Boston Firefighters Praised for Rescue

Updated: 01-03-2008 10:10:53 AM

The Boston Herald

Heroic Hub firefighters, still feeling the heat from last fall's drug and alcohol scandal, showed their true mettle as they dodged death to pluck a disabled South Boston woman from a deadly New Year's Eve inferno.

With flames at their back and the threat of the five-story Emerson Street building collapsing, firefighters from Ladder 17 in the Back Bay scrambled to rescue an elderly woman trapped on the third floor.

``It was a great act of heroism,'' said Deputy Fire Chief Joseph Finn.

As flames shot out and thick smoke billowed from the building, firefighters raced up the fire escape to the third floor after hearing reports that someone was trapped, Finn said.

The jakes carried out a frantic room-to-room search and found the woman in her apartment, disoriented after breathing in smoke.

They scooped her up and carried her to a window that led to the fire escape - but they weren't yet in the clear, according to Finn.

``They hauled her out of the window but we had to spray the hose line on them to keep the fire from licking at their boots,'' Finn said.

Mayor Thomas M. Menino yesterday heaped praise on the 160 firefighters who battled for more than 12 hours before they finally got the blaze under control at 7:30 a.m. yesterday.

``Last night, they proved again their bravery by rushing into a burning building to save a handicapped woman's life,'' Menino said. ``They did their job and did it well, and I'm very proud of the dangerous work they do for the safety of our residents.''

Their bravery comes after the department's reputation was rocked when two firefighters, who died tackling an August blaze in a West Roxbury restaurant, were found to have traces of alcohol or drugs in their systems.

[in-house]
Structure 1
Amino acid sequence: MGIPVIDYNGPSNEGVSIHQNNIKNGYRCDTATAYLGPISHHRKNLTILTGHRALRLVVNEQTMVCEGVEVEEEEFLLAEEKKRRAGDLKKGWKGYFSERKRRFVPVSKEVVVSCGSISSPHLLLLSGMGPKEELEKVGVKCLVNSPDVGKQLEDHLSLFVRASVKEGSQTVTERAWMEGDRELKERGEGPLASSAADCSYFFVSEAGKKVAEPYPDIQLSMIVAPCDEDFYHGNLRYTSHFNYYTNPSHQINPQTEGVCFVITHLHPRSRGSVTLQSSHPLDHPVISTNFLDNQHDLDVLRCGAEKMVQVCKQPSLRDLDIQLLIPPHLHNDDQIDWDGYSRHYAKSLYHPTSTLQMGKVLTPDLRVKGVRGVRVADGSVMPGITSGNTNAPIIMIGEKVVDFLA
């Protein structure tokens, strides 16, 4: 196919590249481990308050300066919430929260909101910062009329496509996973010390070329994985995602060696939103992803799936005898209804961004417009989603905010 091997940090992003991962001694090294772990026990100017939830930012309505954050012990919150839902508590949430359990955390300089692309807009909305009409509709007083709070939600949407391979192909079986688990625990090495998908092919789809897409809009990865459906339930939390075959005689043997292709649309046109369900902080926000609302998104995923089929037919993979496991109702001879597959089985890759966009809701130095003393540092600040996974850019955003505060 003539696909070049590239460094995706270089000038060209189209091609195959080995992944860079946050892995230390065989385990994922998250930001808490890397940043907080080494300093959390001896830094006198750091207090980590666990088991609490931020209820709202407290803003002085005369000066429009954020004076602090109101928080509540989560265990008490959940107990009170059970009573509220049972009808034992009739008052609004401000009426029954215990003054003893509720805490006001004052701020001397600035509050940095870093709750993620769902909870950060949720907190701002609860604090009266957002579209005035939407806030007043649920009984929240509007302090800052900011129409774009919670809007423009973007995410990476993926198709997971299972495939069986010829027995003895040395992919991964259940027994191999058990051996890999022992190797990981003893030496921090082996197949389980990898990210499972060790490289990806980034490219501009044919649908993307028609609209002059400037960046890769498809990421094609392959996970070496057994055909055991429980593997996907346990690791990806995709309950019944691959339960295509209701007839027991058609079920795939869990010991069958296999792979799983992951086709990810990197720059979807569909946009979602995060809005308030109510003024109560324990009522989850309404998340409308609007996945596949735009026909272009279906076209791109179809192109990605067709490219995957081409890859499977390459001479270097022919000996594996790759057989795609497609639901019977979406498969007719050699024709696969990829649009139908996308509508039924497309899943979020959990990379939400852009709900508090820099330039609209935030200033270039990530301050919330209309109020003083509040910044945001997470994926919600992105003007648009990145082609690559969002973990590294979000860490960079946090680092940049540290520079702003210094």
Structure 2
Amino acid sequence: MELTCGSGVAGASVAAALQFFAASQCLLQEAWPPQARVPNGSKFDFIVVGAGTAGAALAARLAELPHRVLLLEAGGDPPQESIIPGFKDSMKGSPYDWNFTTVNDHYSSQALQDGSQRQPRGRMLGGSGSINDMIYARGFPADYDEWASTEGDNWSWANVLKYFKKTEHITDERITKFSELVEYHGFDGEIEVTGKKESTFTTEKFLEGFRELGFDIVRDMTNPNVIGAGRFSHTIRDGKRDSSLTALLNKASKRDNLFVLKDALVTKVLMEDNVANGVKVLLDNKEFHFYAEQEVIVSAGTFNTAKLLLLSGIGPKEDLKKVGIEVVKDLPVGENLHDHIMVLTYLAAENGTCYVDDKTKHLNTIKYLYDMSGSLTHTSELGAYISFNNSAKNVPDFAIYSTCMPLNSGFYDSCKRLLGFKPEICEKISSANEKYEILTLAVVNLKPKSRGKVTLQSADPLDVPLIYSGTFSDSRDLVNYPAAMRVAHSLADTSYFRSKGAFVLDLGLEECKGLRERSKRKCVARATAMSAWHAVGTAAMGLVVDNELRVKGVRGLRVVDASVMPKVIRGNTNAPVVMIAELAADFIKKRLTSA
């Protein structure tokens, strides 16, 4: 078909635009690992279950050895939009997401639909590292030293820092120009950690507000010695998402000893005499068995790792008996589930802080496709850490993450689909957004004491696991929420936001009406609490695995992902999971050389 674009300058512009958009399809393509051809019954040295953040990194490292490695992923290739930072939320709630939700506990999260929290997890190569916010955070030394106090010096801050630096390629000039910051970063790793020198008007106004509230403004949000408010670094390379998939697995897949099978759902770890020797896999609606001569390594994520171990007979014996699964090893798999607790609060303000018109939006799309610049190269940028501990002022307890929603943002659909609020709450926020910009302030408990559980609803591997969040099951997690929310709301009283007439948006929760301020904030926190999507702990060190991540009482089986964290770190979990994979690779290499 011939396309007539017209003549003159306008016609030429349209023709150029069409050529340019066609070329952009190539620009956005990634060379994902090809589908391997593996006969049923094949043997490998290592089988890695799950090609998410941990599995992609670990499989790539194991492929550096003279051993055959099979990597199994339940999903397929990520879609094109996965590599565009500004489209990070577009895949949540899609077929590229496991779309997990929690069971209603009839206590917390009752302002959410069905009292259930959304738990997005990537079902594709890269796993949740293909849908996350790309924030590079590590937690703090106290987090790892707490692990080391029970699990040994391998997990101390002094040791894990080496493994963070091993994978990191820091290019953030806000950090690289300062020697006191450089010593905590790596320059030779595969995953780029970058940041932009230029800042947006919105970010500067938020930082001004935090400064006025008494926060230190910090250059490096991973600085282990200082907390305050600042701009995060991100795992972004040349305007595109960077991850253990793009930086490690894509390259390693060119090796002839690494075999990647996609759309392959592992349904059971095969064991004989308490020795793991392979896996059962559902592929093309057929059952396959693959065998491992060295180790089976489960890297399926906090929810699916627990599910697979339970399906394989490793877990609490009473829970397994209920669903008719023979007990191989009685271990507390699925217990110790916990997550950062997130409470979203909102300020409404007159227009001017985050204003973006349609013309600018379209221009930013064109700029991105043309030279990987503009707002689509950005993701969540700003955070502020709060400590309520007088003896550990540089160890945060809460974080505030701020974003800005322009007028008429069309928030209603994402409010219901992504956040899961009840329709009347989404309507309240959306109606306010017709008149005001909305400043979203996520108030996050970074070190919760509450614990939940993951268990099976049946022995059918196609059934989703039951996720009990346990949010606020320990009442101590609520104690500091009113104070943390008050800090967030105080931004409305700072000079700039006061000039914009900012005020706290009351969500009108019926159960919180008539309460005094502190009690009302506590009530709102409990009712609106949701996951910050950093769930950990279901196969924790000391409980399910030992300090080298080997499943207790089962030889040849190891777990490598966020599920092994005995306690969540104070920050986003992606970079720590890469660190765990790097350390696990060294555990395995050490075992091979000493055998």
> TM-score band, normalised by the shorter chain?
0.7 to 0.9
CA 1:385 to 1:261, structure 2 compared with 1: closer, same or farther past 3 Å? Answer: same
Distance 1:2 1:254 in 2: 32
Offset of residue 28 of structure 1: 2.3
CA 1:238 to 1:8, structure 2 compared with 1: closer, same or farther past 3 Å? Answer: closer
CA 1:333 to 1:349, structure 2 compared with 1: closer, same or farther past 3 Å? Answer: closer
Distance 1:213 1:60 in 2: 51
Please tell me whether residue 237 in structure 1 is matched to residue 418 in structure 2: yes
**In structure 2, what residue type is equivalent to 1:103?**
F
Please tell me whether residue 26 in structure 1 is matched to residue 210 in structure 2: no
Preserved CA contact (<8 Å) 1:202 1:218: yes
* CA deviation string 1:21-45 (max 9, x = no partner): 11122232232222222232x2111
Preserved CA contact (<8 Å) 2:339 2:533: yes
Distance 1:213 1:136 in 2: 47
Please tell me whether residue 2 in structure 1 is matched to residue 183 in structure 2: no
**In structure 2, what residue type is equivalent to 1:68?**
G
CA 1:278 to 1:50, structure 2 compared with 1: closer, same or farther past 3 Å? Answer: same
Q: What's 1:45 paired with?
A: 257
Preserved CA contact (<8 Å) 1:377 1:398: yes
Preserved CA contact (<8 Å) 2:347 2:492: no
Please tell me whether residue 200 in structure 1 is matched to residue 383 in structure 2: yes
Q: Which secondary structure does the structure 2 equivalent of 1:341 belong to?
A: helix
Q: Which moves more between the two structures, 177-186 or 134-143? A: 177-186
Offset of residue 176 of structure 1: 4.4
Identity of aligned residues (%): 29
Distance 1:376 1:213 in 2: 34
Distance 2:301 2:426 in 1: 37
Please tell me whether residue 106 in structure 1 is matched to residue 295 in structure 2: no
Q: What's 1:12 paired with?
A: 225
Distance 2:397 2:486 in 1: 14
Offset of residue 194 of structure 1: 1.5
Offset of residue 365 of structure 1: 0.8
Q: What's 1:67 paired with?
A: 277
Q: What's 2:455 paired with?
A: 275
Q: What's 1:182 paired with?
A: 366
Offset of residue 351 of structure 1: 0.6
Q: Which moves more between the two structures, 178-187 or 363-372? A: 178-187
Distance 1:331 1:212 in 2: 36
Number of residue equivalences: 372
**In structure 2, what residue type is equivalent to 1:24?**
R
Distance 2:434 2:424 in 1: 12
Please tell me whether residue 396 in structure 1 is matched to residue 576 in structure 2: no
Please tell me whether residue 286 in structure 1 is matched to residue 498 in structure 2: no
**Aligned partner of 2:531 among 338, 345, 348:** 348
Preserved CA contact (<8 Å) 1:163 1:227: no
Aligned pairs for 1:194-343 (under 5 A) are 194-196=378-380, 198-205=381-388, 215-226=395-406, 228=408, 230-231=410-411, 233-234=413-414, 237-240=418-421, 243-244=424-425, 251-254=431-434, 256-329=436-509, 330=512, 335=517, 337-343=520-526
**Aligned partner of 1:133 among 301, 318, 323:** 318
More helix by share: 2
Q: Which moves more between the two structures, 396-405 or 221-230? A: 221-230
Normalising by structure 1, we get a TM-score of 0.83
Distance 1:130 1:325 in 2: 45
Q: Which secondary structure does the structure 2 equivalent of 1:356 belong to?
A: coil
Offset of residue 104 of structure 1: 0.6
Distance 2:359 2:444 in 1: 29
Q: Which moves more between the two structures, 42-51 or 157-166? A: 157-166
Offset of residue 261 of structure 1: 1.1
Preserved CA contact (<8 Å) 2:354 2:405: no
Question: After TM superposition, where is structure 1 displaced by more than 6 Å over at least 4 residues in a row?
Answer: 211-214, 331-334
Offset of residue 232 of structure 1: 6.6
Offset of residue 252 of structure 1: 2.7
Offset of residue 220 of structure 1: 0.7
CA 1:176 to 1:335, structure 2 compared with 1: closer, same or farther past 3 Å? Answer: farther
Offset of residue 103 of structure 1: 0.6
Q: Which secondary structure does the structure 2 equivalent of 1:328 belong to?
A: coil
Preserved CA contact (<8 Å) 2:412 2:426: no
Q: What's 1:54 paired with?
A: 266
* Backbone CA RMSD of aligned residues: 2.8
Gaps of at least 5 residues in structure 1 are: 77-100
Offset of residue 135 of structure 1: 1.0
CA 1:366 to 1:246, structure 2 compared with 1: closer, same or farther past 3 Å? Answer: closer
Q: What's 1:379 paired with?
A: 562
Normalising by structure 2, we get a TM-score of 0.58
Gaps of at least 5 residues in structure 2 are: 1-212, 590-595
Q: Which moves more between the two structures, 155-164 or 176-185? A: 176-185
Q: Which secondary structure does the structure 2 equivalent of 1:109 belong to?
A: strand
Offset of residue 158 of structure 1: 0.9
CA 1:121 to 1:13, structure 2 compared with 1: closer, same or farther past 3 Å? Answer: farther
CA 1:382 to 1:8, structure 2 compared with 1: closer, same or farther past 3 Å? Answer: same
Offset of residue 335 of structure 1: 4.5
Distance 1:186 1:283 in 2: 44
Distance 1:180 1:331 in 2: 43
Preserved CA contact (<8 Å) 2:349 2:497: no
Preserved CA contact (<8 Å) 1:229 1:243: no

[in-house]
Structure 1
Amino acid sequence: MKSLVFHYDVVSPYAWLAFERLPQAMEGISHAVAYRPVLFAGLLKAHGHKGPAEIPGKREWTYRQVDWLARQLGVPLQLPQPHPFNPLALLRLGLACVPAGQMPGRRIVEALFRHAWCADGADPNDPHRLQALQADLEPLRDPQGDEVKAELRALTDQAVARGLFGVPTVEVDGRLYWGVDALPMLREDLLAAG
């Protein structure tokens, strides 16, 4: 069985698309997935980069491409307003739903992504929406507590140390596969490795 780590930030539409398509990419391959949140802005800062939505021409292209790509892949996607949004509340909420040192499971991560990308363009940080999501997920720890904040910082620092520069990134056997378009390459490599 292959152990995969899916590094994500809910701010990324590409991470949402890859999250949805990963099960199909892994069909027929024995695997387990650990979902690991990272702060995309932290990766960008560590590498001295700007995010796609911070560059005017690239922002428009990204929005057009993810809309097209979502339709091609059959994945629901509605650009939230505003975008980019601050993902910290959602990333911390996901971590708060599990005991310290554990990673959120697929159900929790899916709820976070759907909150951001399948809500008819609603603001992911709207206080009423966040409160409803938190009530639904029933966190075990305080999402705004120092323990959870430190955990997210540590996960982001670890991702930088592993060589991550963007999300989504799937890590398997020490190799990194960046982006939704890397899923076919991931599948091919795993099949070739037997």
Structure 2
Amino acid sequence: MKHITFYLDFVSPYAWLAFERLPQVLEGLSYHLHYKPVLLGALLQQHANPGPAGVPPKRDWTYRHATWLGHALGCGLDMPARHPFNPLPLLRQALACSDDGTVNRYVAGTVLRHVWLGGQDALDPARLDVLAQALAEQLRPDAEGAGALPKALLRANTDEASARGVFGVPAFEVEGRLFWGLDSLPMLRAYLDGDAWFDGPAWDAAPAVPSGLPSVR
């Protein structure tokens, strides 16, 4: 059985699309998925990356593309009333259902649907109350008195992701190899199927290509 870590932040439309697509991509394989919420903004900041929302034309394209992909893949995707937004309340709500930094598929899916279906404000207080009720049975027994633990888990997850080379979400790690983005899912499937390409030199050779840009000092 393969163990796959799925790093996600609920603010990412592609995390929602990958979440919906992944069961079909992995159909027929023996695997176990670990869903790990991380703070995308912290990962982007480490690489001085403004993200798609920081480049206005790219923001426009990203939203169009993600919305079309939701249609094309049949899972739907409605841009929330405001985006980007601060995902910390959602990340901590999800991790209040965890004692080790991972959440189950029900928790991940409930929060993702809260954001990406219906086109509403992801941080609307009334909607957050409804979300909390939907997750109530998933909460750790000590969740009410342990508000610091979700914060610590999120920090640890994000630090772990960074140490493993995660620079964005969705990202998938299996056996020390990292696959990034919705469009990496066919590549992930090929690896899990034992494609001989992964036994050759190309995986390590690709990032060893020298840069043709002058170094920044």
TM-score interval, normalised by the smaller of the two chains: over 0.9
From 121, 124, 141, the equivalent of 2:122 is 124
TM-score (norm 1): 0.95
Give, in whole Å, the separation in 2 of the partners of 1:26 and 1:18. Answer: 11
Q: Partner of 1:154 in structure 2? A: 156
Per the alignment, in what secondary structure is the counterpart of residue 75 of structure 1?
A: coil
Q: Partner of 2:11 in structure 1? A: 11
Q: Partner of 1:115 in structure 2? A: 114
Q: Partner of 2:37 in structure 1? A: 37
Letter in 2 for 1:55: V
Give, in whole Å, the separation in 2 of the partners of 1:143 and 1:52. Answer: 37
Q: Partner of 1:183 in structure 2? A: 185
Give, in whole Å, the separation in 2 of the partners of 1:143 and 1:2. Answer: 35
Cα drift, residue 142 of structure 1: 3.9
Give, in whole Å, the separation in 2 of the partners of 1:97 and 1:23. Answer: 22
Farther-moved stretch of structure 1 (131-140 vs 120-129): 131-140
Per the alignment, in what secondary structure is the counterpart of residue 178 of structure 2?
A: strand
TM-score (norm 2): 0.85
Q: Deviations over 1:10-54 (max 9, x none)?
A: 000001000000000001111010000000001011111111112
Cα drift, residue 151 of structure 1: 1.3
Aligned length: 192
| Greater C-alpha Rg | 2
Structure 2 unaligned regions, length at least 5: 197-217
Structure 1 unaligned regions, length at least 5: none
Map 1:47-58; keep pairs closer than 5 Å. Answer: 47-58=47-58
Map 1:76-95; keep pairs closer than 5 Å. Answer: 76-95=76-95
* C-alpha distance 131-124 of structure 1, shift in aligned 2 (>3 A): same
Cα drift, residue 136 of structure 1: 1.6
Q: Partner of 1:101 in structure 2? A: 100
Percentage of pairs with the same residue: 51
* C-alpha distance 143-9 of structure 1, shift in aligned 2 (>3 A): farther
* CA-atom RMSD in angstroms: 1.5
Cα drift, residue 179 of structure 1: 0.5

Firefighter Warren Payne was found with cocaine in his system and firefighter Paul Cahill had a high blood-alcohol level, according to officials briefed on the autopsy results.

A three-member panel commissioned by Menino has since recommended that Hub firefighters undergo random drug and alcohol testing.

The seven-alarm New Year's Eve blaze began at 7:42 p.m. in a rear, first-floor unit occupied by Peter C. Clancy, 47, who died of cardiac arrest, and his wife Arvette Clancy, whose body was recovered yesterday. The couple left three children, ages 21, 18 and 15, but only the two teens were living with them.

The fire's cause is still under investigation, but fire officials consider the blaze suspicious.

City Councilor-at-large Michael Flaherty's wife's aunt, Kathy Curley, 53, was among the 28 people left homeless after losing everything in the blaze.

``Being at the scene of the tragic fire, I was reminded of the critical and heroic service our firefighters and other first responders provide our city,'' Flaherty said.

Resident Mike Burggren, 45, also sang the praises of the Boston Fire Department. ``They did a great job because there were flames leaping out of the back of the building.''$57741